What is Andrology?
Andro means man. Andrology is the study of disease process effecting men. More specifically disease processes effecting sexual and reproductive functions in men.
Who Is an Andrologist?
An Andrologist a medical practitioner qualified in Andrology. Currently, there is no medical degree recognised anywhere in the world, that qualifies one to be an Andrologist.
Typically, Doctors and Physicians working closely with the reproductive organs of men, gain special experience or interest in Andrology.
Urologist due to their special training, especially their intimate knowledge of the male sexual organs and reproductive tract, are eminently suitable to handle andrology.
But, every Urologist is not an Andrologist. Only Urologist who have had training in the field, usually practice andrology.
What are some of the symptoms that can be treated?
Some of the symptoms of Andrology would involve
- Loss of mental sharpness
- Loss of sexual appeal
- Osteoporosis or bone issues
- Issues of muscles and fat distribution
Is it difficult to diagnosis Andrology issues in men?
One of the great things about the field of Andrology is that it is quite easy to diagnose the issue. It only involves a quick discussion and a very basic laboratory tests.
How long has this speciality been around?
Andrology is a field that has been around for a quite a long time. But really in the past 10 or 20 years it has advanced so much that it is easily treatable and can really make men feel better as they age.
Male Infertilty Assessment
One of the first test that has to be done in the evaluation of the infertile male is the semen analysis. This test is quite inexpensive, easy to perform and gives valuable information.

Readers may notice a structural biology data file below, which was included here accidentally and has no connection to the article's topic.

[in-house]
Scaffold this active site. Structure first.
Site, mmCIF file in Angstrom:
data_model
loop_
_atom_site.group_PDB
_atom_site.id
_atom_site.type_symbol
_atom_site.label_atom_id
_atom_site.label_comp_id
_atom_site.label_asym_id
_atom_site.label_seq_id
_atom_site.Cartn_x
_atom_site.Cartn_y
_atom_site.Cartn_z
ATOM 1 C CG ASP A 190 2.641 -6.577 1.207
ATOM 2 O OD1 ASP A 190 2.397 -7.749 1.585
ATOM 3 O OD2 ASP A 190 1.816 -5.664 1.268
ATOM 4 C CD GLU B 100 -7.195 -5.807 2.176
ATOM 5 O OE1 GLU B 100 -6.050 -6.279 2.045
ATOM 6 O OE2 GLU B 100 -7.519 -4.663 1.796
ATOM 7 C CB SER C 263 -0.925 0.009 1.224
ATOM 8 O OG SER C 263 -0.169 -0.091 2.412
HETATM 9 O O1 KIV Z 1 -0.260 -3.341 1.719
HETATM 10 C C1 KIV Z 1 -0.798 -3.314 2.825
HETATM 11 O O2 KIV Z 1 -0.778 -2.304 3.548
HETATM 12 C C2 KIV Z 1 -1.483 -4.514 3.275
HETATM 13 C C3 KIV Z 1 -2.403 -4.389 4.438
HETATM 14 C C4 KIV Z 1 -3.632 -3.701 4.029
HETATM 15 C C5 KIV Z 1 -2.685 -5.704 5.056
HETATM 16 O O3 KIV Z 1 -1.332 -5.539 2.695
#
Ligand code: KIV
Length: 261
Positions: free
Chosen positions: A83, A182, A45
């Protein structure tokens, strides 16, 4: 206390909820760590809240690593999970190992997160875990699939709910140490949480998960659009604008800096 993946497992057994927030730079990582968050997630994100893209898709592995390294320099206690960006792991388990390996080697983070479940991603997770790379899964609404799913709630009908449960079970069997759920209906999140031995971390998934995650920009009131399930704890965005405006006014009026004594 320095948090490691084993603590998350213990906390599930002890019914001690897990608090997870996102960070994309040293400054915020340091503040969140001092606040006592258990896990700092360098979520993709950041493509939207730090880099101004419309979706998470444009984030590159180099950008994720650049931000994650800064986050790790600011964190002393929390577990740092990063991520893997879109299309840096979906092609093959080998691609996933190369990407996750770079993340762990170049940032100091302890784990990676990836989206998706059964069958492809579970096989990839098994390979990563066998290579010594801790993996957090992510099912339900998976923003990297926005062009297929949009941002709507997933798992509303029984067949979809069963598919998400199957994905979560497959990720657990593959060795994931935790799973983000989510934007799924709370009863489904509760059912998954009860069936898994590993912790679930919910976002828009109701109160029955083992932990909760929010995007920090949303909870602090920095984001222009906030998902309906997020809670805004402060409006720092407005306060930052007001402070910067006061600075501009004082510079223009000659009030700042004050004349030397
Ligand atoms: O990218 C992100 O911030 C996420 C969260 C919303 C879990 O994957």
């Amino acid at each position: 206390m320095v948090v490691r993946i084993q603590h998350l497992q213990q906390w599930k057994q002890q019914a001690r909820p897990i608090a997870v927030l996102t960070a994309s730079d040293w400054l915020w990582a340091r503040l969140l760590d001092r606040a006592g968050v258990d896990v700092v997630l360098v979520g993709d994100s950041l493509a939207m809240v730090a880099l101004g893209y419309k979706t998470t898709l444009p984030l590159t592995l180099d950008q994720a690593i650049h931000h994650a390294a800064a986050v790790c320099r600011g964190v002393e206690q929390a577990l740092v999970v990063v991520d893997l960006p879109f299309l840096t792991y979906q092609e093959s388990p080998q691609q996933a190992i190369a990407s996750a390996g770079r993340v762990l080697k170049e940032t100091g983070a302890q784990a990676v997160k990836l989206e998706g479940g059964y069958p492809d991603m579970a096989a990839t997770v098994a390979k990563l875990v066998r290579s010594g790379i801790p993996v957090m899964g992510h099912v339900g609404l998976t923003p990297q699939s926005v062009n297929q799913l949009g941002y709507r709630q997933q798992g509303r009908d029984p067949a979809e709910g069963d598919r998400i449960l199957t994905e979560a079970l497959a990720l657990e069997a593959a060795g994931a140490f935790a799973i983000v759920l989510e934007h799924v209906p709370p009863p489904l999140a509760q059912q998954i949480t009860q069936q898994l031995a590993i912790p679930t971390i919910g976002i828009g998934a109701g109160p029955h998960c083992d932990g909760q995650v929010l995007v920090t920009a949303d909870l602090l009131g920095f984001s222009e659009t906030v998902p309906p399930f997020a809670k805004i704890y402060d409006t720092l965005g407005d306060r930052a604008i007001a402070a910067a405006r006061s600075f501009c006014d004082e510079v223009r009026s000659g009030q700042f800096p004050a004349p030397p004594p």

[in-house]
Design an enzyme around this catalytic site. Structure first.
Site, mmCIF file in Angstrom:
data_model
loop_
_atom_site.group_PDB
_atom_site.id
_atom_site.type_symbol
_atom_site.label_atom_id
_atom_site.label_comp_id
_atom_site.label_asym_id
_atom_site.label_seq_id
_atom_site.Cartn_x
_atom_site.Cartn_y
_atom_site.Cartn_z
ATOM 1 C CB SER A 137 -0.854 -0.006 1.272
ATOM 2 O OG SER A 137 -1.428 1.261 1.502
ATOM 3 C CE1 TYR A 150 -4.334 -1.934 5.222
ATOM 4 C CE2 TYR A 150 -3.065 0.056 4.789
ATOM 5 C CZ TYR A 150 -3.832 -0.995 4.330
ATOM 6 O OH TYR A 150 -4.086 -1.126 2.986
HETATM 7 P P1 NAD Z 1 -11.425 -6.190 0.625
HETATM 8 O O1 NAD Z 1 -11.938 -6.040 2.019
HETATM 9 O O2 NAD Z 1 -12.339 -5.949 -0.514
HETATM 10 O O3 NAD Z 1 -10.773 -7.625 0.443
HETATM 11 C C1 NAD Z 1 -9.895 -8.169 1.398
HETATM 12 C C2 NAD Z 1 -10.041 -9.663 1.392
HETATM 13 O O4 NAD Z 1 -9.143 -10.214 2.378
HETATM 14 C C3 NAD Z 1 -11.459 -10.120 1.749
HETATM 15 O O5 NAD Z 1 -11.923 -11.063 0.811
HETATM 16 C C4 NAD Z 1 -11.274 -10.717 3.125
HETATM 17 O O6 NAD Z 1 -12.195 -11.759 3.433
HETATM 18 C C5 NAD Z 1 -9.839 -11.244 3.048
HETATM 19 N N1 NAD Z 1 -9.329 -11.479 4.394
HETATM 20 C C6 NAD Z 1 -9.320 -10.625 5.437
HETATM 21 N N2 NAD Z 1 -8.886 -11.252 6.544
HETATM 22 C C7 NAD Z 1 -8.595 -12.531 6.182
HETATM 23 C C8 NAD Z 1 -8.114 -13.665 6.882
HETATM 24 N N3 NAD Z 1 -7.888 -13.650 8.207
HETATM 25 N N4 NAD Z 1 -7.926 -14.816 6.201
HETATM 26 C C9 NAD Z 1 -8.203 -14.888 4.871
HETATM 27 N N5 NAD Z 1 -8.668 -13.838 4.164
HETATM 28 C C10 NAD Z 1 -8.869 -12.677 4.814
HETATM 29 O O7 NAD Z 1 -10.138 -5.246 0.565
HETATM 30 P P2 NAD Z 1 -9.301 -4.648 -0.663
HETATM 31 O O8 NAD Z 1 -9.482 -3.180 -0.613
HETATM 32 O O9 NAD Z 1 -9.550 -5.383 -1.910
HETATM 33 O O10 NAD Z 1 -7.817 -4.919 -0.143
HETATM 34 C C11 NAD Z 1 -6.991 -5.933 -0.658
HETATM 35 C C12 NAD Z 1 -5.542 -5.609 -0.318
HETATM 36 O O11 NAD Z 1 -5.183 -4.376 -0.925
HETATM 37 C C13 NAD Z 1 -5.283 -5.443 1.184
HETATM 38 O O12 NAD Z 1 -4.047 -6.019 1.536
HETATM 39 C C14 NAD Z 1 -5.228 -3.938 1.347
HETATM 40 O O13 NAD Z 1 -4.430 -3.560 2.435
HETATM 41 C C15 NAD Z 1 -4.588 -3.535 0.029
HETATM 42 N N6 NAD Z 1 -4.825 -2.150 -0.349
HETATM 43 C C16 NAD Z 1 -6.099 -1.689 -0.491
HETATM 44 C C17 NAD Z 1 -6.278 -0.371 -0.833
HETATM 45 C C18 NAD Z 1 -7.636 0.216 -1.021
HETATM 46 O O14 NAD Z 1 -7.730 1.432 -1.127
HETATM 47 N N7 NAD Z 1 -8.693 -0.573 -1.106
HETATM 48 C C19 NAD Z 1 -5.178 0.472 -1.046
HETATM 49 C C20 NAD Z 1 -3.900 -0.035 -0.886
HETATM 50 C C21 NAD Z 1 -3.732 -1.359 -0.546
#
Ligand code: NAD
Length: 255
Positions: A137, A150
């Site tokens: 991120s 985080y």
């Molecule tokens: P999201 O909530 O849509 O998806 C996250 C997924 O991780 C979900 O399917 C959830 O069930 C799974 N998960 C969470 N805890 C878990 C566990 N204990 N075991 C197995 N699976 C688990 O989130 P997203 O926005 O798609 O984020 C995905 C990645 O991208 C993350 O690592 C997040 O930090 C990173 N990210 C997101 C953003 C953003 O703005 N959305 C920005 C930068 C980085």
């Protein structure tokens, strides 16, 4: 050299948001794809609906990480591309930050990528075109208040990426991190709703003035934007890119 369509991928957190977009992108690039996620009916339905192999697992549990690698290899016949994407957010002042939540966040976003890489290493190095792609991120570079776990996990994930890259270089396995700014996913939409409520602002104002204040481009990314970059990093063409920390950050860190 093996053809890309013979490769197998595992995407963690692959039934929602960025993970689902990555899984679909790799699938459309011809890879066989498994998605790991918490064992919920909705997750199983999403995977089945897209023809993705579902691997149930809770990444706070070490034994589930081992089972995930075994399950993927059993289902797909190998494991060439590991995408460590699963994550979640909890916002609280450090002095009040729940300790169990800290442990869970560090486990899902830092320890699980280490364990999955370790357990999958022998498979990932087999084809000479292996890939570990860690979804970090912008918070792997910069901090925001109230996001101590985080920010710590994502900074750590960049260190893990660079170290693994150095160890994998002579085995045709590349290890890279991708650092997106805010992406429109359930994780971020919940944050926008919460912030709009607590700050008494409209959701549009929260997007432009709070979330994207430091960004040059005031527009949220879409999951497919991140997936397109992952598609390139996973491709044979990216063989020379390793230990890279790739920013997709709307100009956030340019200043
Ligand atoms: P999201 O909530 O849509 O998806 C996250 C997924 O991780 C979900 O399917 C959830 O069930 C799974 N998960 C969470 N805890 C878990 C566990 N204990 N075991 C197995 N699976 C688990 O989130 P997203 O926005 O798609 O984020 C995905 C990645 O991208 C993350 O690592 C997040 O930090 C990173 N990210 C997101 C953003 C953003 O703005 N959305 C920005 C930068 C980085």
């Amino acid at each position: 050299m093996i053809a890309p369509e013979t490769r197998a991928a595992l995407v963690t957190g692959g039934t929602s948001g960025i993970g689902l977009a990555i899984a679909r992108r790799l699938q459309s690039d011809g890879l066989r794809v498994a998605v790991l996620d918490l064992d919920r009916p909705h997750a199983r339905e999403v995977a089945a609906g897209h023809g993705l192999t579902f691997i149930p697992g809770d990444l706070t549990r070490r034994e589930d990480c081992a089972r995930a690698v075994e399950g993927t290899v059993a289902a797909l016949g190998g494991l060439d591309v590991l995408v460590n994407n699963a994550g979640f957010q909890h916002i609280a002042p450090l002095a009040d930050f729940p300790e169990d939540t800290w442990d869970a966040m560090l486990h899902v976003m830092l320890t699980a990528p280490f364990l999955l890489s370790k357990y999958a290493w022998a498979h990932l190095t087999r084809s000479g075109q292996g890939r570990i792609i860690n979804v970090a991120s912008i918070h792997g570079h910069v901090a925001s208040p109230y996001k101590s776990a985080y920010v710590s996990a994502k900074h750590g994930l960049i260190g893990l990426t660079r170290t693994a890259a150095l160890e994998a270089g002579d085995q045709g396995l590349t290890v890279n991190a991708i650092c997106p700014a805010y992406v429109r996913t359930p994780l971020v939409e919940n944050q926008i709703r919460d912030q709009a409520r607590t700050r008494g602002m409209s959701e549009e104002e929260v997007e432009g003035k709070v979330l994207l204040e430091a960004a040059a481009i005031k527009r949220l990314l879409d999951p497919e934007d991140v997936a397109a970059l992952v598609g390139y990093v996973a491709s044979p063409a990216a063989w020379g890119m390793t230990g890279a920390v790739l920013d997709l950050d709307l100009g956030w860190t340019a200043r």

If the semen analysis reporthas turned out to be perfectly normal, this would generally rule out a significant male factor component and investigation and the treatment should be more appropriately targeted at the wife. In fact, in most of the countries, the first test in the evaluation of an infertile couple is the semen analysis. This is normally performed before any tests are conducted and investigated on the female partner.
Most Often, in the case of male infertility, the semen analysis is abnormal. Either the count is low (oligospermia) or the sperms are altogether absent in the ejaculate (azoospermia).
While in some cases, sperm motility is severely affected (asthenospermia) and sometimes the sperms are totally immobile or dead (necrospermia). There are many other abnormalities that one may find on semen analysis.
But when your doctor finds any abnormalities in the semen analysis, the next step is to try and find a cause for it. To do this, one must perform additional investigations. Some other tests also might need to be performed like the semen culture, anti-sperm antibody estimation, scrotal ultrasound, hormonal assays, karyotyping, vasography etc.
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